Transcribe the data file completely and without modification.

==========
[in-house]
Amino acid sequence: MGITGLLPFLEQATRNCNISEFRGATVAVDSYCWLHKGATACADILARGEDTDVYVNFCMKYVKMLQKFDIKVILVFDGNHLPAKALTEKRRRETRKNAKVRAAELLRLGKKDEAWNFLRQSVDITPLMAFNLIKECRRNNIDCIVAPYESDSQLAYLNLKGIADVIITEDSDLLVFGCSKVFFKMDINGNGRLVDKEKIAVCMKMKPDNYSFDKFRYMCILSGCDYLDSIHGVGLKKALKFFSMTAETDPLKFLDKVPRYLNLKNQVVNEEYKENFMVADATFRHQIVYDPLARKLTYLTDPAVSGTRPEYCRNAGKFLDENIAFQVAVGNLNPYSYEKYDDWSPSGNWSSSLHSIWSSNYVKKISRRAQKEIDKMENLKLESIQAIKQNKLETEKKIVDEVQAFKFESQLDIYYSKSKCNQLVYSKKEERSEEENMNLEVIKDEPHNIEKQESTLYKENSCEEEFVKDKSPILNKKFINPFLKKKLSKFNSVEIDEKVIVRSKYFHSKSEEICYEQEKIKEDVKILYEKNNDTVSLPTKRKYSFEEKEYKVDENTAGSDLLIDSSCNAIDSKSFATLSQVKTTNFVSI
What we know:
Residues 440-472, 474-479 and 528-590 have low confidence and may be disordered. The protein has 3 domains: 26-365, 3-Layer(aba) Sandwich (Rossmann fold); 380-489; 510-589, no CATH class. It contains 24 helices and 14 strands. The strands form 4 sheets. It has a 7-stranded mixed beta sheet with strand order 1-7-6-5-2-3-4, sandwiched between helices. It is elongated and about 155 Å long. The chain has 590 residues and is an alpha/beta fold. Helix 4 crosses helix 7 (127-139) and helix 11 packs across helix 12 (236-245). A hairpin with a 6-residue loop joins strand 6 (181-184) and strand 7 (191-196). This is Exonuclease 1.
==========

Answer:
[in-house]
Amino acid sequence: MGITGLLPFLEQATRNCNISEFRGATVAVDSYCWLHKGATACADILARGEDTDVYVNFCMKYVKMLQKFDIKVILVFDGNHLPAKALTEKRRRETRKNAKVRAAELLRLGKKDEAWNFLRQSVDITPLMAFNLIKECRRNNIDCIVAPYESDSQLAYLNLKGIADVIITEDSDLLVFGCSKVFFKMDINGNGRLVDKEKIAVCMKMKPDNYSFDKFRYMCILSGCDYLDSIHGVGLKKALKFFSMTAETDPLKFLDKVPRYLNLKNQVVNEEYKENFMVADATFRHQIVYDPLARKLTYLTDPAVSGTRPEYCRNAGKFLDENIAFQVAVGNLNPYSYEKYDDWSPSGNWSSSLHSIWSSNYVKKISRRAQKEIDKMENLKLESIQAIKQNKLETEKKIVDEVQAFKFESQLDIYYSKSKCNQLVYSKKEERSEEENMNLEVIKDEPHNIEKQESTLYKENSCEEEFVKDKSPILNKKFINPFLKKKLSKFNSVEIDEKVIVRSKYFHSKSEEICYEQEKIKEDVKILYEKNNDTVSLPTKRKYSFEEKEYKVDENTAGSDLLIDSSCNAIDSKSFATLSQVKTTNFVSI
What we know:
Residues 440-472, 474-479 and 528-590 have low confidence and may be disordered. The protein has 3 domains: 26-365, 3-Layer(aba) Sandwich (Rossmann fold); 380-489; 510-589, no CATH class. It contains 24 helices and 14 strands. The strands form 4 sheets. It has a 7-stranded mixed beta sheet with strand order 1-7-6-5-2-3-4, sandwiched between helices. It is elongated and about 155 Å long. The chain has 590 residues and is an alpha/beta fold. Helix 4 crosses helix 7 (127-139) and helix 11 packs across helix 12 (236-245). A hairpin with a 6-residue loop joins strand 6 (181-184) and strand 7 (191-196). This is Exonuclease 1.